Richfield sets minimum price for cigars

Richfield sets minimum price for cigars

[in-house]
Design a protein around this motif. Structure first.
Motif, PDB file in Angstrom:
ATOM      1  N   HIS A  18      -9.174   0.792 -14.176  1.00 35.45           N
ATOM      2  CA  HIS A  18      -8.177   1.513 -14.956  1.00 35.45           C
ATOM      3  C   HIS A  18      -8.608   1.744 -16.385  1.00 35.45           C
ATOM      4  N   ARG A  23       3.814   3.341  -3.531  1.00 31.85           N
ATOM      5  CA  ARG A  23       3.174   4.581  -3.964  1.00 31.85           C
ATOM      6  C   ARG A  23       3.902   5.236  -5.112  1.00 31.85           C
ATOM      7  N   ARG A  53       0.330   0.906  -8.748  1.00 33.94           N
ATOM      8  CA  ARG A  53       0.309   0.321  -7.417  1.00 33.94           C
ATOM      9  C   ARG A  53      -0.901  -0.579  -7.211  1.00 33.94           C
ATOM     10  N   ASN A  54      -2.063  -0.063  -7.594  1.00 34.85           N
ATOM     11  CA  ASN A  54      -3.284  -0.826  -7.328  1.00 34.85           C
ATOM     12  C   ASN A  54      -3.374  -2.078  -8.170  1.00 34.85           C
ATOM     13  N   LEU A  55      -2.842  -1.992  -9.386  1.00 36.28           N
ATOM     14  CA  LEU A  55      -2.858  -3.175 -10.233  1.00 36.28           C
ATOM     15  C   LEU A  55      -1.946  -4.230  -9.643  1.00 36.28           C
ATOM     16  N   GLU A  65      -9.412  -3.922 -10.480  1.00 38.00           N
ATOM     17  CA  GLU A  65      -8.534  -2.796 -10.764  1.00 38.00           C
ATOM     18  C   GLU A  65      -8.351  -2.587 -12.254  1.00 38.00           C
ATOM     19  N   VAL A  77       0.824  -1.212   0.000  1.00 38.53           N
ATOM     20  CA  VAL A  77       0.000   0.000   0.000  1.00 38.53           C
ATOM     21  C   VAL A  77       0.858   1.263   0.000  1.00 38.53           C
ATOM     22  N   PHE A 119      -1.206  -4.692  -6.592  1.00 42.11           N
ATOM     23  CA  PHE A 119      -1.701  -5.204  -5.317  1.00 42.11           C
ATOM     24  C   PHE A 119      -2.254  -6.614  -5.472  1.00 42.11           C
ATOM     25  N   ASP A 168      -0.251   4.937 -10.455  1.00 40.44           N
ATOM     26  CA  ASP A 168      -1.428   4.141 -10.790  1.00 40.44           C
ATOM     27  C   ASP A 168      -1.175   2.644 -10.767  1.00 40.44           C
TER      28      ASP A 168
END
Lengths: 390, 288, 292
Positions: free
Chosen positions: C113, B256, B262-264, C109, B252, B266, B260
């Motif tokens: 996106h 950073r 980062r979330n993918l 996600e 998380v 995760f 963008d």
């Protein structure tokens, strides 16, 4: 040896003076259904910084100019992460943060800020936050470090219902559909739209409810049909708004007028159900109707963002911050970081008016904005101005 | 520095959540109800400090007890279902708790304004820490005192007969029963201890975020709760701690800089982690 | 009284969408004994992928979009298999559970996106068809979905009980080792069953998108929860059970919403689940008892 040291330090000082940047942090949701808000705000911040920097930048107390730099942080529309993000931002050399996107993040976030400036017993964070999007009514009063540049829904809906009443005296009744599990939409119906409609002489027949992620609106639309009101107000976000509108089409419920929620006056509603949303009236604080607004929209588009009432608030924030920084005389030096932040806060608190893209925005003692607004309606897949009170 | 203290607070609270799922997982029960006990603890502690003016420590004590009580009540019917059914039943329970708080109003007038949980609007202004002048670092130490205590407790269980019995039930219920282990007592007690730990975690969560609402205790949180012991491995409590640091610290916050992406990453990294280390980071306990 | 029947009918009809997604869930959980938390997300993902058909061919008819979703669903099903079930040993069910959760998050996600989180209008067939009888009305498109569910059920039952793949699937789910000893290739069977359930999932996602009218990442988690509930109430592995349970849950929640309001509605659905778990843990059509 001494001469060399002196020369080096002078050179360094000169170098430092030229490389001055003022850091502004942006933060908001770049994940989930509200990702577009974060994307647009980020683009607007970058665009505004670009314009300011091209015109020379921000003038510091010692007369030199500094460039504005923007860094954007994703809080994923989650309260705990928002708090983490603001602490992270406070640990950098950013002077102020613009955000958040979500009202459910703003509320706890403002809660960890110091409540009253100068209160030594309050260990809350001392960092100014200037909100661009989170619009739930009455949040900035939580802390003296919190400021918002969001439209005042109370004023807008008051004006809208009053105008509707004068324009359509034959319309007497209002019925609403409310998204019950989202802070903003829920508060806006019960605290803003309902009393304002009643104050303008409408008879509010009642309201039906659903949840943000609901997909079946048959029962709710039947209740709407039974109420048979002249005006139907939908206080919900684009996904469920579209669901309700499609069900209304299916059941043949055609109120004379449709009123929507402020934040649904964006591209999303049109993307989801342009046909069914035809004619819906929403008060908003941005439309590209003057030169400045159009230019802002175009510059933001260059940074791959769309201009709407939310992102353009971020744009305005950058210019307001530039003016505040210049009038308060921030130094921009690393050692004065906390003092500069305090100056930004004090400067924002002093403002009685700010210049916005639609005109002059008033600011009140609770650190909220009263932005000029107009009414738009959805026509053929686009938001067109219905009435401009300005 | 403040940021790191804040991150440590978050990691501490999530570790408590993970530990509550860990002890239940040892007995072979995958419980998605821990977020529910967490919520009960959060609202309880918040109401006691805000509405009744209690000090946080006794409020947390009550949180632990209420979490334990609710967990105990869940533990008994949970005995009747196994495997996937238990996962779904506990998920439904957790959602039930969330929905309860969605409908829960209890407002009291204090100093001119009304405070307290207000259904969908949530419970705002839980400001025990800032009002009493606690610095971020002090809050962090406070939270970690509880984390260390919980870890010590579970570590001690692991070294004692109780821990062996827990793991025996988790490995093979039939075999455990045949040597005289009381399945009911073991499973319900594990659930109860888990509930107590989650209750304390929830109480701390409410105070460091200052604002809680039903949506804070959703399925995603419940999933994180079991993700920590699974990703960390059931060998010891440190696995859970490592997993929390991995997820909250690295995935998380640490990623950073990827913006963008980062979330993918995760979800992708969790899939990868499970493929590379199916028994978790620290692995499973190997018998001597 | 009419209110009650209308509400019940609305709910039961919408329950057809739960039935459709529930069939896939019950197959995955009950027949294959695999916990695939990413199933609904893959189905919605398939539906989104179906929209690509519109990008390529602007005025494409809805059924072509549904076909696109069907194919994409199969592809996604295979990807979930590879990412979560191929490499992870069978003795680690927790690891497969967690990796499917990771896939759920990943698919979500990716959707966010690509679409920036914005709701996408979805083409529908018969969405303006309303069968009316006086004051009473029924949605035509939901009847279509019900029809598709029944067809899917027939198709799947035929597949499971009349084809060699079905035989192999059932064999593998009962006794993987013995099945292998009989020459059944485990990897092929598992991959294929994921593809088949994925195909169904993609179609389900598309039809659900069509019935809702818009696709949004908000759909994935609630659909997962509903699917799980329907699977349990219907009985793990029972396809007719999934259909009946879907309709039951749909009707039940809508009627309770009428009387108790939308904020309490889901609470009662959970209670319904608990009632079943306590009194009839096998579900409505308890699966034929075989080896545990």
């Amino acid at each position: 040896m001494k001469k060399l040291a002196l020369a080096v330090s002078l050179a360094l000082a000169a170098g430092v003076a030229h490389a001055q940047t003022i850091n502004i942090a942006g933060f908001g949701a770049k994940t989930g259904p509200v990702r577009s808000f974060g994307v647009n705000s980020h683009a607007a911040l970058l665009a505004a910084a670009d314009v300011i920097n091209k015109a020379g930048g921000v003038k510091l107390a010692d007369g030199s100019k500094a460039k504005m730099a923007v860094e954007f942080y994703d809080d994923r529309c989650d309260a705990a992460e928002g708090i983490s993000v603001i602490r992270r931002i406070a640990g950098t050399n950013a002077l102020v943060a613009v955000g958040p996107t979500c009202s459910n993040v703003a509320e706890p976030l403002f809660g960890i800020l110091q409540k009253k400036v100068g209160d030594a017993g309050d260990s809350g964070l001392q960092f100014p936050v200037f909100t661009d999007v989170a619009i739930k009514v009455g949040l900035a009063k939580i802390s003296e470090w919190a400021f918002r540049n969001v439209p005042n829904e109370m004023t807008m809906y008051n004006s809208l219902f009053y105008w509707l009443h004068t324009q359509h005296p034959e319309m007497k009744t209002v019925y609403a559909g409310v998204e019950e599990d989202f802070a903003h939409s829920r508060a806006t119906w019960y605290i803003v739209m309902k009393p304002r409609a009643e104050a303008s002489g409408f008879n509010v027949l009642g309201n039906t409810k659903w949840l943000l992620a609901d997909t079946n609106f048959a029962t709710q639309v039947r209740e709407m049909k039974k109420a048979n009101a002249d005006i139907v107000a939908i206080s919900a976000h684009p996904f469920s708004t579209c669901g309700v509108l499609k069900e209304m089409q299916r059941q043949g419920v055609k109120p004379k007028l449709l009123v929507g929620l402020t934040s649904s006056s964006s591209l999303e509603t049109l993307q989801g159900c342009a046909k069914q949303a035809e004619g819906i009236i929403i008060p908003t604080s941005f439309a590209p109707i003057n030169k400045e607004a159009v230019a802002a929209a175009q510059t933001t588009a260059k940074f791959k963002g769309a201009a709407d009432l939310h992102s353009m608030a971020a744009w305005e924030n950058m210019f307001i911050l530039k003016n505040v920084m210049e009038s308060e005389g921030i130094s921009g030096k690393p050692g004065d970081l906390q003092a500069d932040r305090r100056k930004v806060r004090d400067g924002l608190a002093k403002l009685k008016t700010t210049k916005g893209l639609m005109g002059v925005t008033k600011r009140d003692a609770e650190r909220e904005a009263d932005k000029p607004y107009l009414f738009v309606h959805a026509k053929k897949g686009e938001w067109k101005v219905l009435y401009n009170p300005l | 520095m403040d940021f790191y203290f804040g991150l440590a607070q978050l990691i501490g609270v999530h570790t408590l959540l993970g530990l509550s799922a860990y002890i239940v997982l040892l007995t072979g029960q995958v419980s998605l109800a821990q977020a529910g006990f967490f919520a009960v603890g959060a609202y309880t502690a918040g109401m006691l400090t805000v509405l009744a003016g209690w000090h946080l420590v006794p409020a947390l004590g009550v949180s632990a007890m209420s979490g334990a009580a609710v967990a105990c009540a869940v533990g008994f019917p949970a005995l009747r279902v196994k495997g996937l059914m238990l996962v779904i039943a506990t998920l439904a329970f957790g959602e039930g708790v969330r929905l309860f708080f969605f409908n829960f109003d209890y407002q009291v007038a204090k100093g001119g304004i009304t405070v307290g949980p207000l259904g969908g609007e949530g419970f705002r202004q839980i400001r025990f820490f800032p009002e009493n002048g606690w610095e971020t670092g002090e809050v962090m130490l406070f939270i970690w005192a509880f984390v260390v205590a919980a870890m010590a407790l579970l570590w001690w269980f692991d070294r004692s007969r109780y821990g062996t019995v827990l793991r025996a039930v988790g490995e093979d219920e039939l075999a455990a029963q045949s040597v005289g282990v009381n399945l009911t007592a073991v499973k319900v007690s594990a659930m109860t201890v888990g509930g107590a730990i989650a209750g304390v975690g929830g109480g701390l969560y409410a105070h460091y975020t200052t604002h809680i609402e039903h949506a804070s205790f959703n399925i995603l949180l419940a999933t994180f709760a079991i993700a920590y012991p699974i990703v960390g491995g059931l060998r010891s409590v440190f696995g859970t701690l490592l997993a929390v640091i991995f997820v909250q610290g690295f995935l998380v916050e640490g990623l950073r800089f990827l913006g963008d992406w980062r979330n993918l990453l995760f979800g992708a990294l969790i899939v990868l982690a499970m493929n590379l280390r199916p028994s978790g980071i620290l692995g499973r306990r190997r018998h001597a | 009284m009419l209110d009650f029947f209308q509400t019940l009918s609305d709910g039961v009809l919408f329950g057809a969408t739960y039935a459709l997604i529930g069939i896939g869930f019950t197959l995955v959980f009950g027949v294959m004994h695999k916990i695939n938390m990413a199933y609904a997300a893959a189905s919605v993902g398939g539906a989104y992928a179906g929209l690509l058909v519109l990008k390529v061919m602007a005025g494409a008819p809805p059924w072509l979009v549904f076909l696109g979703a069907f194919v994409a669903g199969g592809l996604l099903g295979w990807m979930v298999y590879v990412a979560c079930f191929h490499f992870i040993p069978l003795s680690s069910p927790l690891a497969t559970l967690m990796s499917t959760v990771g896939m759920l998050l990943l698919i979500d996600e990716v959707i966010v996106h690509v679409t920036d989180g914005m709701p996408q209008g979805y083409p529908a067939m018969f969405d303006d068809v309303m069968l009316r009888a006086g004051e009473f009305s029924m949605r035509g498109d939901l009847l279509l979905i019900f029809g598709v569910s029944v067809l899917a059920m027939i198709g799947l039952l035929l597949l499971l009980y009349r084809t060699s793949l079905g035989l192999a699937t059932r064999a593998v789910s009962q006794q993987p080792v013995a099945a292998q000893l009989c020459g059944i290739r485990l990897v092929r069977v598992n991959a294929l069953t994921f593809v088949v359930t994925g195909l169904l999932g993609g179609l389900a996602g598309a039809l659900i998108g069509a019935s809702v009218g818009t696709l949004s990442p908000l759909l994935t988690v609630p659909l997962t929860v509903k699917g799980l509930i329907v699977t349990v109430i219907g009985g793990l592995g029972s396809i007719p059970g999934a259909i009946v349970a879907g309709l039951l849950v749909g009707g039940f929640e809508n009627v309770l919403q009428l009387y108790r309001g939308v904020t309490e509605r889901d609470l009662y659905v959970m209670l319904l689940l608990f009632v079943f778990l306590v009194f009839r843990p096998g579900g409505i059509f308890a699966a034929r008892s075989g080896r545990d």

Richfield joined a growing list of Minnesota cities that have established a minimum price for flavored cigars. The Richfield City Council voted unanimously on Nov. 10, 2015, to set a minimum price of $2.60 per stick for non-premium cigars and set a minimum of $10.40 for packs of four or more. “I’m very pleased to see this moving forward,” Mayor Debbie Goettel said during the council meeting. “It’s in the best interest of Richfield’s youth and health.” The new ordinance brings Richfield’s tobacco licensing ordinance up to state minimums and puts into place pioneering policies that will protect youth from the harms of tobacco. This policy adds Richfield to a growing list of cities that have set minimum prices for the sale of non-premium cigars including: Brooklyn Center, Saint Paul, Bloomington, Maplewood and Minneapolis. Councilmember Michael Howard said. “I think this is the ordinance that really sort of gets at access for kids.” Additionally, the updated ordinance prohibits the use of electronic cigarettes in city-owned parks and other recreational facilities; prohibits the sale of any electronic cigarette liquid that is not in child-resistant packaging and prohibits indoor smoking and sampling of tobacco products and electronic cigarettes, except in establishments that are already licensed by the City. “This new ordinance will help protect Richfield youth from becoming lifelong tobacco users,” said Kari Oldfield, Legal and Community Outreach Coordinator for ANSR. “We are proud of the Richfield Advisory Board of Health and City Council for taking on this important issue and protecting the health of the residents and visitors of the city.” This new ordinance goes into effect on Dec. 19,...